The Recommendation of a 2 hour screen time is outdated
1st round: acceptance and definitions ONLY
2nd round: Arguments/contentions/points/assertions ONLY
3rd round:Arguments/contentions/points/assertions AND Rebuttal
4th round: rebuttal ONLY
5th round:closing, summikng up and imact only
Definitions can also be clarified or given at any time.
Arguments can be defended at any time
No foul language or personal attacks.
Pro will try to prove the topic, while con will try to disprove it.
Forfeits count as a concession.
Failure to abide by the rules will result in a forfeit
I define screen time as the amount of time spent watching TV including videos and DVD"s; playing
computer games on video consoles or on computers and using computers for other purposes. Screen time also refers to using telephones for texting and social networking.
Outdated is defined as old-fashioned or obsolete, and recommendation is defined as a suggestion or proposal as to the best course of action.
The proposal of a 2 hour limit for the use of electronic devices is old fashioned and obsolete.
I disagree to this topic and will be arguing against it.
Good luck, and let the best debater win!
truthiskey forfeited this round.
The average 8-year-old spends eight hours a day using various forms of media, and teenagers often surpass 11 hours of media consumption daily, according to the authors of the AAP statement. More than three quarters of teenagers have cell phones, and teens ages 13 to 17 send an average of 3,364 texts per month.
Several studies have linked high media consumption with poor health outcomes. For example, children with TVs in their bedrooms are more likely to be obese.
The American Academy of Pediatrics discourages media use by children younger than age 2 and recommends limiting older children's screen time to no more than one or two hours a day. Too much screen time has been linked to:
Obesity. The more TV your child watches, the greater his or her risk is of becoming overweight. Having a TV in a child's bedroom also increases this risk. Children can also develop an appetite for junk food promoted in TV ads, as well as overeat while watching TV.
Irregular sleep. The more TV children watch, the more likely they are to have trouble falling asleep or to have an irregular sleep schedule. Sleep loss, in turn, can lead to fatigue and increased snacking.
Behavioral problems. Elementary students who spend more than two hours a day watching TV or using a computer are more likely to have emotional, social and attention problems. Exposure to video games is also linked with an increased risk of attention problems in children. Watching excessive amounts of TV at age 4 is linked with bullying at ages 6 through 11.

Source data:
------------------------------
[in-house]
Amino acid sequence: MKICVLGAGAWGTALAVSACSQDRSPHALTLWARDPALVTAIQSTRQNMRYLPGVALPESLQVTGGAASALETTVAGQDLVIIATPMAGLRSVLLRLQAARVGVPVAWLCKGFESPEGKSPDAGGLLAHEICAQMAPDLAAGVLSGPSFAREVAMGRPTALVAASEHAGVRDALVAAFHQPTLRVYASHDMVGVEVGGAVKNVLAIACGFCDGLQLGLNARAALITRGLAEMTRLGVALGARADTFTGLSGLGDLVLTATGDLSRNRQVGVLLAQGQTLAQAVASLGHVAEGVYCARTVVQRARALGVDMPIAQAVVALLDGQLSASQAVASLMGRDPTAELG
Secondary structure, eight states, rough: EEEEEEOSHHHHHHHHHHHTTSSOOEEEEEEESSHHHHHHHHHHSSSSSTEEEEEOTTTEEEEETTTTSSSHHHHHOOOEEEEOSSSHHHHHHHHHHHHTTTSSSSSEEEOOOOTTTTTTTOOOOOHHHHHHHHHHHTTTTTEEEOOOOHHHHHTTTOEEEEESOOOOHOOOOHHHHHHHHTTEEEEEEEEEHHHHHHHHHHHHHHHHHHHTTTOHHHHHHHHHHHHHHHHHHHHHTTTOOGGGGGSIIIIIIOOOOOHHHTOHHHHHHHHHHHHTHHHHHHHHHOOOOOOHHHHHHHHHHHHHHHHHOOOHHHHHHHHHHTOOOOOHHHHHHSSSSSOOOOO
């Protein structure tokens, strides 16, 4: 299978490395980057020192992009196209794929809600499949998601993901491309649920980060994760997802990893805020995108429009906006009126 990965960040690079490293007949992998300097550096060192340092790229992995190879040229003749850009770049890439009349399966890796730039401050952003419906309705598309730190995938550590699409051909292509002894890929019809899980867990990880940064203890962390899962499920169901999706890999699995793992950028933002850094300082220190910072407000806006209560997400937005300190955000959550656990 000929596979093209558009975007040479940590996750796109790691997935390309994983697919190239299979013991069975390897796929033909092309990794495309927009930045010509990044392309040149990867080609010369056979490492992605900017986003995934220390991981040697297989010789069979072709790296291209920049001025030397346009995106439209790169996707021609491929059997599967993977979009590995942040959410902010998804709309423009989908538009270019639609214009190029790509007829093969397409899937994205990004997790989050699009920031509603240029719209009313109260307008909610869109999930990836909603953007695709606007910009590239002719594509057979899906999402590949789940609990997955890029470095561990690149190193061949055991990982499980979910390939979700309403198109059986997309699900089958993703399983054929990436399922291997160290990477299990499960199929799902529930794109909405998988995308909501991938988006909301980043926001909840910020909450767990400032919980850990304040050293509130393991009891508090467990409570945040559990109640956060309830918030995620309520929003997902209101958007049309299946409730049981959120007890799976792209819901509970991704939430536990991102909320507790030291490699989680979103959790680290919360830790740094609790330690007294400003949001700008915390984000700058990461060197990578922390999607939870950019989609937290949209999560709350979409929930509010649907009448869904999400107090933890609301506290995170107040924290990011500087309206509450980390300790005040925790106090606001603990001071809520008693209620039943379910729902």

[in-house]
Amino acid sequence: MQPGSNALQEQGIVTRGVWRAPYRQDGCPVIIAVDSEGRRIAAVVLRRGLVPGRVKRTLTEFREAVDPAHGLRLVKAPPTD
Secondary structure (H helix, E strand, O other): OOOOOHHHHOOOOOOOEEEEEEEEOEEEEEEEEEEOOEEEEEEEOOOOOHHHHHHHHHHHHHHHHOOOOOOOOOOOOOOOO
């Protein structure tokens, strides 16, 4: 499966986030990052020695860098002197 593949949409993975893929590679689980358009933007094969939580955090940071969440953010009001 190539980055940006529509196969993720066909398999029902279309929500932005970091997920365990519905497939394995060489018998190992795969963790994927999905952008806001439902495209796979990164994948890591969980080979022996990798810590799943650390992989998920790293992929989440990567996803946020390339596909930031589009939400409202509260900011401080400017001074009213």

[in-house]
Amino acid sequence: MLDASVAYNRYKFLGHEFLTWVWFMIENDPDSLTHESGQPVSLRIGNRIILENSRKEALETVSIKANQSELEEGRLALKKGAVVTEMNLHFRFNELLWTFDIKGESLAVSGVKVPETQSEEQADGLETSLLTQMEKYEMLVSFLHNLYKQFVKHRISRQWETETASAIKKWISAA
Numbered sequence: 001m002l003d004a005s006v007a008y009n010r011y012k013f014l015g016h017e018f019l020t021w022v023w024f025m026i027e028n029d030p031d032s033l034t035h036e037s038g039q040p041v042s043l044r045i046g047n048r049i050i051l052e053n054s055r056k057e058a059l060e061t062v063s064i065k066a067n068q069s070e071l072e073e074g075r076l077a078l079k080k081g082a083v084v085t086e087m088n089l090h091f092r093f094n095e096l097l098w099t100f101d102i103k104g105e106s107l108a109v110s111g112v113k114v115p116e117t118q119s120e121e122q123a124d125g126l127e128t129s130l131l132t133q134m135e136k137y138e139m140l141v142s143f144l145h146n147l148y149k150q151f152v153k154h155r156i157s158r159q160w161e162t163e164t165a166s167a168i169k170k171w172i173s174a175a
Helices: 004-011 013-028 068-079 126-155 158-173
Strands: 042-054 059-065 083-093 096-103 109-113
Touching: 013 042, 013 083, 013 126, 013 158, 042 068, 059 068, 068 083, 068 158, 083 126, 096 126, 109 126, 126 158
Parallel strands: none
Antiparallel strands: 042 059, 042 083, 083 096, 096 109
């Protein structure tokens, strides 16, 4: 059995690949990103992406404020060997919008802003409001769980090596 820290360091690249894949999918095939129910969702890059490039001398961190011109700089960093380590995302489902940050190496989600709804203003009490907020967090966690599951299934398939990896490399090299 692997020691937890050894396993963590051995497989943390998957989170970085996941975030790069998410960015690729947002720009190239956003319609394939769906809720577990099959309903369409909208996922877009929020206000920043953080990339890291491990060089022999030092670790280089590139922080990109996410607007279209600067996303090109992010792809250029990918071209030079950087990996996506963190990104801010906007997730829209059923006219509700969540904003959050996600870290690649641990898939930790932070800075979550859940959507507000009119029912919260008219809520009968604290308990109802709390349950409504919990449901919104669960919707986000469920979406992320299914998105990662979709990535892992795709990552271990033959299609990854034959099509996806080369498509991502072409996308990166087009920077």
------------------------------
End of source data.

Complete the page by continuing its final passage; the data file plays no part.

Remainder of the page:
Impaired academic performance. Elementary students who have TVs in their bedrooms tend to perform worse on tests than do those who don't have TVs in their bedrooms.
Violence. Too much exposure to violence through media " especially on TV " can desensitize children to violence. As a result, children might learn to accept violent behavior as a normal way to solve problems.
Less time for play. Excessive screen time leaves less time for active, creative play.
truthiskey forfeited this round.
Today's children are spending an average of seven hours a day on entertainment media, including televisions, computers, phones and other electronic devices. To help kids make wise media choices, parents should monitor their media diet. Parents can make use of established ratings systems for shows, movies and games to avoid inappropriate content, such as violence, explicit sexual content or glorified tobacco and alcohol use.
Studies have shown that excessive media use can lead to attention problems, school difficulties, sleep and eating disorders, and obesity. In addition, the Internet and cell phones can provide platforms for illicit and risky behaviors.
By limiting screen time and offering educational media and non-electronic formats such as books, newspapers and board games, and watching television with their children, parents can help guide their children's media experience. Putting questionable content into context and teaching kids about advertising contributes to their media literacy.
The AAP recommends that parents establish "screen-free" zones at home by making sure there are no televisions, computers or video games in children's bedrooms, and by turning off the TV during dinner. Children and teens should engage with entertainment media for no more than one or two hours per day, and that should be high-quality content. It is important for kids to spend time on outdoor play, reading, hobbies, and using their imaginations in free play.
Television and other entertainment media should be avoided for infants and children under age 2. A child's brain develops rapidly during these first years, and young children learn best by interacting with people, not screens.
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